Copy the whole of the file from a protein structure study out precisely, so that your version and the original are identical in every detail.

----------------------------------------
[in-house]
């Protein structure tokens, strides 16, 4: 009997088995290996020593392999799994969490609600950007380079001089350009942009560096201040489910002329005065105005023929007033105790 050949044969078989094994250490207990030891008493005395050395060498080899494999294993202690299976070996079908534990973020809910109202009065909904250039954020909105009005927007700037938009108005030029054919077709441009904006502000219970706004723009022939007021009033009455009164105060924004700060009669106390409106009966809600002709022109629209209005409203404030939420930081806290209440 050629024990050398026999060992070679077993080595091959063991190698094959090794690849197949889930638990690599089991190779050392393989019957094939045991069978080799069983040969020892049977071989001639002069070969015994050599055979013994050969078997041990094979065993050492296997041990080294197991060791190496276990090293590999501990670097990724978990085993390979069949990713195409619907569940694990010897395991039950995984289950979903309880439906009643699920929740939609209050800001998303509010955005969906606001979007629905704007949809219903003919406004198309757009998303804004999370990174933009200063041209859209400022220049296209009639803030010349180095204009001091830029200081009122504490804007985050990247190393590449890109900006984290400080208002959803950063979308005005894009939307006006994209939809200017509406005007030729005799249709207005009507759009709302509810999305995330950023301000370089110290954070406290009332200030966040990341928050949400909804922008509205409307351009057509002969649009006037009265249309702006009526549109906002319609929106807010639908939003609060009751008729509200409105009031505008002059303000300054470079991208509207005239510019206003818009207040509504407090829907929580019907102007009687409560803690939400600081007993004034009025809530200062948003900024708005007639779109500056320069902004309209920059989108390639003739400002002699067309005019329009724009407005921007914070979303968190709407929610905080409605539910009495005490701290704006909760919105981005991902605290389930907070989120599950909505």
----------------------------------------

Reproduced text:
[in-house]
């Protein structure tokens, strides 16, 4: 009997088995290996020593392999799994969490609600950007380079001089350009942009560096201040489910002329005065105005023929007033105790 050949044969078989094994250490207990030891008493005395050395060498080899494999294993202690299976070996079908534990973020809910109202009065909904250039954020909105009005927007700037938009108005030029054919077709441009904006502000219970706004723009022939007021009033009455009164105060924004700060009669106390409106009966809600002709022109629209209005409203404030939420930081806290209440 050629024990050398026999060992070679077993080595091959063991190698094959090794690849197949889930638990690599089991190779050392393989019957094939045991069978080799069983040969020892049977071989001639002069070969015994050599055979013994050969078997041990094979065993050492296997041990080294197991060791190496276990090293590999501990670097990724978990085993390979069949990713195409619907569940694990010897395991039950995984289950979903309880439906009643699920929740939609209050800001998303509010955005969906606001979007629905704007949809219903003919406004198309757009998303804004999370990174933009200063041209859209400022220049296209009639803030010349180095204009001091830029200081009122504490804007985050990247190393590449890109900006984290400080208002959803950063979308005005894009939307006006994209939809200017509406005007030729005799249709207005009507759009709302509810999305995330950023301000370089110290954070406290009332200030966040990341928050949400909804922008509205409307351009057509002969649009006037009265249309702006009526549109906002319609929106807010639908939003609060009751008729509200409105009031505008002059303000300054470079991208509207005239510019206003818009207040509504407090829907929580019907102007009687409560803690939400600081007993004034009025809530200062948003900024708005007639779109500056320069902004309209920059989108390639003739400002002699067309005019329009724009407005921007914070979303968190709407929610905080409605539910009495005490701290704006909760919105981005991902605290389930907070989120599950909505």